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  5. "Corinna magistrum habet."

"Corinna magistrum habet."

Translation:Corinna has a teacher.

August 27, 2019



"Magistrum" is in the accusative (direct object) case, rather than being "magister" which is the nominative (subject) case.


It can also be "magistram" the accusative female.
Corinna magistram habet.


Thank you. I was totally confused by those cases.


Why is there no sound icon at the top of this page? In other courses you can find one there.


Please, report instead in "Troubleshouting" in the forum. It would have more chance to be treated than here.


Initially was very confused. I understand i have to write magistram. But the audio dictates magistro. So the first chance drew a blanc. The pronunciation of ' magistram' should be gotten corrected.


Sorry, Not magistram. MAGISTRUM


What's the difference between 'Magistrum' and 'Magistra' aren't they both in the accusative case? (I know magister is the nominative)


Magister is a 2nd declension (and masculine) nominative--HE the teacher--while magistra is a 1st declension (and feminine) nominative--SHE the teacher.

Their respective accusatives are magistrum and magistram (HIM and HER).


they keep on saying my answer is wrong when I accidentally spell corinna the wrongw way but when I add in a whole extra word in the drag the word thing they say its just a typo ..?? ughhhh


2020-01-22 Agreed. A misspelling of a name should be counted as a typo (if at all), not a wrong answer.


Is there anything wrong with Corinnae est magister ? (I.e., using dative of possession with the verb "to be.")


I've been adding Datives of possession for a lot of the sentences, I'll go add it to this one.

Added, it will take a few days for it to update perhaps. Magister Corinnae est was already set up by the way.


Thanks! I guess I was afraid to try it and see !!


That's a great attitude, just try to stick with vocab we've been using. But I love to see different grammatical constructions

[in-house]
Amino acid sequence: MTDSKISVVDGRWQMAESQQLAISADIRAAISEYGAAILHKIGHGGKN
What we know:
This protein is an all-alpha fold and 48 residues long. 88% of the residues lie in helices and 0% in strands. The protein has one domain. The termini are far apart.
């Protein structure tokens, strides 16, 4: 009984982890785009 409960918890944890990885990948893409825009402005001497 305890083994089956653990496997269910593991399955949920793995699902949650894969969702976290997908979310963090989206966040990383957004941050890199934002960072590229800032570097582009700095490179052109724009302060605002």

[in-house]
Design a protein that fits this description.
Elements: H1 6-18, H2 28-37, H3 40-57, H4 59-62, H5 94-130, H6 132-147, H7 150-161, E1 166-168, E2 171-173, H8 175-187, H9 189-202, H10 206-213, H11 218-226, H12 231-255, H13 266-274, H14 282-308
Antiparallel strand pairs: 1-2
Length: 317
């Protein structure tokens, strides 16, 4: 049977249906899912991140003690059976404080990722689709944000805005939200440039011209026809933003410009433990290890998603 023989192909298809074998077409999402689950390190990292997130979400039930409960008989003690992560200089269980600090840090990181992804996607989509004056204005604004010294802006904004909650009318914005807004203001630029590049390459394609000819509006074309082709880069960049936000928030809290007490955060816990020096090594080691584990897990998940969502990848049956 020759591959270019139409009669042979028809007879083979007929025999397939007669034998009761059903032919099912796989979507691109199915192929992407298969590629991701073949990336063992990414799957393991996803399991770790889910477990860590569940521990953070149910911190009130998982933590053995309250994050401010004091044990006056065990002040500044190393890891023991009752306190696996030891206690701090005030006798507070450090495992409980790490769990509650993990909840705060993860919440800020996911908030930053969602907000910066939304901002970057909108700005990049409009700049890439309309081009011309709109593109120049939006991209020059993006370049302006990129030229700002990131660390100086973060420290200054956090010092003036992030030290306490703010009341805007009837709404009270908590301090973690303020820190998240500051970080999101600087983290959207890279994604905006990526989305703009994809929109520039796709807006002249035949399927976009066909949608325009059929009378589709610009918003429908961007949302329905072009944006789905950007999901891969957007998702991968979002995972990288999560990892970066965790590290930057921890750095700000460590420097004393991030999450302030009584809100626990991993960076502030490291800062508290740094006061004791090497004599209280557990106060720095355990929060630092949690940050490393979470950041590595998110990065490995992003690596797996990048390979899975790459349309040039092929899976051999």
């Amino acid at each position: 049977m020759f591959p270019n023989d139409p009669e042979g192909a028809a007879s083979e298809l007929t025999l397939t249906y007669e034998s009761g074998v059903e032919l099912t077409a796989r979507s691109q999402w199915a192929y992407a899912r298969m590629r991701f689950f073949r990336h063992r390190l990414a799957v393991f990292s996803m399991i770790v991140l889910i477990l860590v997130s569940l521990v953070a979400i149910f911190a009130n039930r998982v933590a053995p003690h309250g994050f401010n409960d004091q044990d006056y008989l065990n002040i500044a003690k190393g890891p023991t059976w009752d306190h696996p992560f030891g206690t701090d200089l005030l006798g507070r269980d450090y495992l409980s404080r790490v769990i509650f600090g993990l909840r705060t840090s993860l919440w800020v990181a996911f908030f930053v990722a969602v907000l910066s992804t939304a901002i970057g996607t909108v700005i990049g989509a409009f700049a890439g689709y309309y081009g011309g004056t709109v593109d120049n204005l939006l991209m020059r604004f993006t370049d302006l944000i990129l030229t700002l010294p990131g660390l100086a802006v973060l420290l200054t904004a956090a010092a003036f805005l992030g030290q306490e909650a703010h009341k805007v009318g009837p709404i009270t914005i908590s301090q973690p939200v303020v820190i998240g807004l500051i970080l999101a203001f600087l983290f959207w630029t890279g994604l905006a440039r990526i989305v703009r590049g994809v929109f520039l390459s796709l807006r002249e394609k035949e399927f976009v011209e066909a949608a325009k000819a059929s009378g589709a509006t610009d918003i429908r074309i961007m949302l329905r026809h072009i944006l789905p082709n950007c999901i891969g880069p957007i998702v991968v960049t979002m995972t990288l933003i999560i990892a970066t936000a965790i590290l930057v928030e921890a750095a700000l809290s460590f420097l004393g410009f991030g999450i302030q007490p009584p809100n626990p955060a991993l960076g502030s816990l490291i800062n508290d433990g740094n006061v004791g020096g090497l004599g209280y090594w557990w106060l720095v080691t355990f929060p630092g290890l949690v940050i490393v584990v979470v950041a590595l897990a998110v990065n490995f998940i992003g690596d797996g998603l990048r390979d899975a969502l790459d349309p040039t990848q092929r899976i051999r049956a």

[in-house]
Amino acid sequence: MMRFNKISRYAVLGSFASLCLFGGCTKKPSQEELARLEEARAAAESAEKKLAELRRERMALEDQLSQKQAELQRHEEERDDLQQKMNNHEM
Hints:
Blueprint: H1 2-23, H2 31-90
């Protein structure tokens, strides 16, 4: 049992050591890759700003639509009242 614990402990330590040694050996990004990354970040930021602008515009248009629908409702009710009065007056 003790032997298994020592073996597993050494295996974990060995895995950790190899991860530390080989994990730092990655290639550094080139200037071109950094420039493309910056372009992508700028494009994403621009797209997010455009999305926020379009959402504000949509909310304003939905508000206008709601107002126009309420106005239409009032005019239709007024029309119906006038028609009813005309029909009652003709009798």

Are you sure Corinna is a "magister" is possible? and not only a "magistra".

If Latin is like Romance languages, when a feminine does exist, and when the noun doesn't have a neutral meaning (like "enfant", "professeur", etc, in French), we must use the feminine.

Corinne est un maître. Would sound weird. "maîtresse" would be used.

But "professeur" is a neutral noun in French (but now it has been feminized in very modern French)
Corinne est un professeur, would still work, nevertheless.


Corinnae est magister = C. has a teacher (There is a teacher for C., who's in the dative case in this sentence).

Corinna est magistra, yes, certainly! If she's a teacher, she is a female teacher. (In this sentence, she's nomin., subject of est, and described by the nominative/pred. noun, teacher.)


So, to translate it roughly, it means something like "The teacher is Corinna's?"


Or something like, "To/For Corinna, there is a teacher." In other words, Corinnae is in the dative case. (It's an accident that the dative Corinnae and the genitive Corinnae, "of Corinna, Corinna's", look the same.)


Which sentence? I had "Corinna magistrum habet".


(For the dative of possession sentence I suggested: Corinnae est magister.)


when i use magister and when i use magistrum


Please see the response below from SuzanneNussbaum which may answer your question.


The audio sounds nothing like the sentence. It sounds to me like she is saying Quabina not Corinna. I would also add that several of the audio files get the name Corinna wrong either dropping an n or adding an r.


Sounds like "Cwabeana" I listened 3 times before giving up


I think it may have been fixed as it sounds fine now.


Why is it not 'magistrem'? (annoyingly, it is counted as correct, as Duolingo incorrectly assumes typos very often in this course)


That's not an contributor thing, it's a duo being too forgiving thing. We know it's an issue.


The ending -em goes on nouns (like pater: patrem, mater: matrem, frater: fratrem) that belong to the 3rd declension. But magister (male teacher) belongs to the 2nd declension, as you can see from the ending magistrum (the word for boy, puer: puerum, follows the same pattern). The female teacher (magistra: magistram) belongs to the 1st declension.

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